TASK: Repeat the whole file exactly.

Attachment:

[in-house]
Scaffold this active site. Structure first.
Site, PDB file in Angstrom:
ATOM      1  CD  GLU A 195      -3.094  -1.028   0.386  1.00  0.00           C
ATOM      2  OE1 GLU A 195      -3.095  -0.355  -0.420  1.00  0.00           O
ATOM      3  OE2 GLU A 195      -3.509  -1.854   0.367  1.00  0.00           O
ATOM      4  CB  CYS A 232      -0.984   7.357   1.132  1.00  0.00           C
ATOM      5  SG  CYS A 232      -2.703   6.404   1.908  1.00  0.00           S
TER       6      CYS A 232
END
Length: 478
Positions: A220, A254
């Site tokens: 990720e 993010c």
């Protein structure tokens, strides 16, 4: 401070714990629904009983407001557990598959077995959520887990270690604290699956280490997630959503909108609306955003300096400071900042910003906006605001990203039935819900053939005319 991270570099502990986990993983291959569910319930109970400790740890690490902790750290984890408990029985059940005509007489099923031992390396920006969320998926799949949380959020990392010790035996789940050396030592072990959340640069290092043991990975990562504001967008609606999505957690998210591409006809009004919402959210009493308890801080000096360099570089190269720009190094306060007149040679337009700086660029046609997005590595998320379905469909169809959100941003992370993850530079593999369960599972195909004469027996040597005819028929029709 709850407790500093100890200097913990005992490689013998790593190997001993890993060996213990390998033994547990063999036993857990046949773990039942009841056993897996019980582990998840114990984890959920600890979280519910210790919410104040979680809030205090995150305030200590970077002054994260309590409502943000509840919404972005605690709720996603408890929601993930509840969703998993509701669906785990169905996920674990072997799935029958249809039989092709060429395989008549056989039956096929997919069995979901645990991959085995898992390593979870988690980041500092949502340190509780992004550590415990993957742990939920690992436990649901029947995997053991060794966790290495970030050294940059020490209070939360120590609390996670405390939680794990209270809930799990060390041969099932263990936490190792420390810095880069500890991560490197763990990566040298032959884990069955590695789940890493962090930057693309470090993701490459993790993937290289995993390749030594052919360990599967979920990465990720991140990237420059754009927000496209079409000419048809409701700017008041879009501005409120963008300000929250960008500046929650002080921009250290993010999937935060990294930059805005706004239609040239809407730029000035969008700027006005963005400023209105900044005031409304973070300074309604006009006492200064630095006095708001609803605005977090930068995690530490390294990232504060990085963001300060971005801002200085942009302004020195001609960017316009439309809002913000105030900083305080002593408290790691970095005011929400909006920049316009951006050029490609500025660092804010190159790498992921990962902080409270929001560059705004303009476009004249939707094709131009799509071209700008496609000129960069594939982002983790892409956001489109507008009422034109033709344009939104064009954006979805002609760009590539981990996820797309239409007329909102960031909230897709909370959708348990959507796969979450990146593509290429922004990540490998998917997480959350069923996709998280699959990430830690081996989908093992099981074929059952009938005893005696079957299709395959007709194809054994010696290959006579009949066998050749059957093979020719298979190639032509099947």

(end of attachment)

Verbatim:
[in-house]
Scaffold this active site. Structure first.
Site, PDB file in Angstrom:
ATOM      1  CD  GLU A 195      -3.094  -1.028   0.386  1.00  0.00           C
ATOM      2  OE1 GLU A 195      -3.095  -0.355  -0.420  1.00  0.00           O
ATOM      3  OE2 GLU A 195      -3.509  -1.854   0.367  1.00  0.00           O
ATOM      4  CB  CYS A 232      -0.984   7.357   1.132  1.00  0.00           C
ATOM      5  SG  CYS A 232      -2.703   6.404   1.908  1.00  0.00           S
TER       6      CYS A 232
END
Length: 478
Positions: A220, A254
């Site tokens: 990720e 993010c």
């Protein structure tokens, strides 16, 4: 401070714990629904009983407001557990598959077995959520887990270690604290699956280490997630959503909108609306955003300096400071900042910003906006605001990203039935819900053939005319 991270570099502990986990993983291959569910319930109970400790740890690490902790750290984890408990029985059940005509007489099923031992390396920006969320998926799949949380959020990392010790035996789940050396030592072990959340640069290092043991990975990562504001967008609606999505957690998210591409006809009004919402959210009493308890801080000096360099570089190269720009190094306060007149040679337009700086660029046609997005590595998320379905469909169809959100941003992370993850530079593999369960599972195909004469027996040597005819028929029709 709850407790500093100890200097913990005992490689013998790593190997001993890993060996213990390998033994547990063999036993857990046949773990039942009841056993897996019980582990998840114990984890959920600890979280519910210790919410104040979680809030205090995150305030200590970077002054994260309590409502943000509840919404972005605690709720996603408890929601993930509840969703998993509701669906785990169905996920674990072997799935029958249809039989092709060429395989008549056989039956096929997919069995979901645990991959085995898992390593979870988690980041500092949502340190509780992004550590415990993957742990939920690992436990649901029947995997053991060794966790290495970030050294940059020490209070939360120590609390996670405390939680794990209270809930799990060390041969099932263990936490190792420390810095880069500890991560490197763990990566040298032959884990069955590695789940890493962090930057693309470090993701490459993790993937290289995993390749030594052919360990599967979920990465990720991140990237420059754009927000496209079409000419048809409701700017008041879009501005409120963008300000929250960008500046929650002080921009250290993010999937935060990294930059805005706004239609040239809407730029000035969008700027006005963005400023209105900044005031409304973070300074309604006009006492200064630095006095708001609803605005977090930068995690530490390294990232504060990085963001300060971005801002200085942009302004020195001609960017316009439309809002913000105030900083305080002593408290790691970095005011929400909006920049316009951006050029490609500025660092804010190159790498992921990962902080409270929001560059705004303009476009004249939707094709131009799509071209700008496609000129960069594939982002983790892409956001489109507008009422034109033709344009939104064009954006979805002609760009590539981990996820797309239409007329909102960031909230897709909370959708348990959507796969979450990146593509290429922004990540490998998917997480959350069923996709998280699959990430830690081996989908093992099981074929059952009938005893005696079957299709395959007709194809054994010696290959006579009949066998050749059957093979020719298979190639032509099947």